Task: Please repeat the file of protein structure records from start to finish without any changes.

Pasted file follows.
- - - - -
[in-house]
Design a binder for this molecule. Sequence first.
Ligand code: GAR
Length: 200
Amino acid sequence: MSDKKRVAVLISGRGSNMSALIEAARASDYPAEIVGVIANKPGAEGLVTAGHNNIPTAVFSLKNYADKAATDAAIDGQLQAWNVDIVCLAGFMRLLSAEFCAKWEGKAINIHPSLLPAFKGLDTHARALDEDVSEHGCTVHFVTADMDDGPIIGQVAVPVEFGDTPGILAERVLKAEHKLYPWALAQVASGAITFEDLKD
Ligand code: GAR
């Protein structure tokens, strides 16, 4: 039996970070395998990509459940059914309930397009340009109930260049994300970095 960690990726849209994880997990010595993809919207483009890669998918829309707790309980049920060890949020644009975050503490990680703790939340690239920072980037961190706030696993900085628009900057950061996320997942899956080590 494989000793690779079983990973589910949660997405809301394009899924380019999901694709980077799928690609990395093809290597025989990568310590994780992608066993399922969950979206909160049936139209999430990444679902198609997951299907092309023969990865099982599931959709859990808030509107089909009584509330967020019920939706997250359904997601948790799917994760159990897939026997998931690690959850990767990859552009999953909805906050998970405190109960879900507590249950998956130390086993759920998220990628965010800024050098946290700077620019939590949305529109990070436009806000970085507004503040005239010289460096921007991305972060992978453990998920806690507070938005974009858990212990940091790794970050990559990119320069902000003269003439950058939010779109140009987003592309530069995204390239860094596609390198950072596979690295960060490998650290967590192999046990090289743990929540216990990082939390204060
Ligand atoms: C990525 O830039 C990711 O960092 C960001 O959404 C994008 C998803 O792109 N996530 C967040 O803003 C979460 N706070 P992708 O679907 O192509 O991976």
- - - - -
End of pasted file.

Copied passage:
[in-house]
Design a binder for this molecule. Sequence first.
Ligand code: GAR
Length: 200
Amino acid sequence: MSDKKRVAVLISGRGSNMSALIEAARASDYPAEIVGVIANKPGAEGLVTAGHNNIPTAVFSLKNYADKAATDAAIDGQLQAWNVDIVCLAGFMRLLSAEFCAKWEGKAINIHPSLLPAFKGLDTHARALDEDVSEHGCTVHFVTADMDDGPIIGQVAVPVEFGDTPGILAERVLKAEHKLYPWALAQVASGAITFEDLKD
Ligand code: GAR
């Protein structure tokens, strides 16, 4: 039996970070395998990509459940059914309930397009340009109930260049994300970095 960690990726849209994880997990010595993809919207483009890669998918829309707790309980049920060890949020644009975050503490990680703790939340690239920072980037961190706030696993900085628009900057950061996320997942899956080590 494989000793690779079983990973589910949660997405809301394009899924380019999901694709980077799928690609990395093809290597025989990568310590994780992608066993399922969950979206909160049936139209999430990444679902198609997951299907092309023969990865099982599931959709859990808030509107089909009584509330967020019920939706997250359904997601948790799917994760159990897939026997998931690690959850990767990859552009999953909805906050998970405190109960879900507590249950998956130390086993759920998220990628965010800024050098946290700077620019939590949305529109990070436009806000970085507004503040005239010289460096921007991305972060992978453990998920806690507070938005974009858990212990940091790794970050990559990119320069902000003269003439950058939010779109140009987003592309530069995204390239860094596609390198950072596979690295960060490998650290967590192999046990090289743990929540216990990082939390204060
Ligand atoms: C990525 O830039 C990711 O960092 C960001 O959404 C994008 C998803 O792109 N996530 C967040 O803003 C979460 N706070 P992708 O679907 O192509 O991976």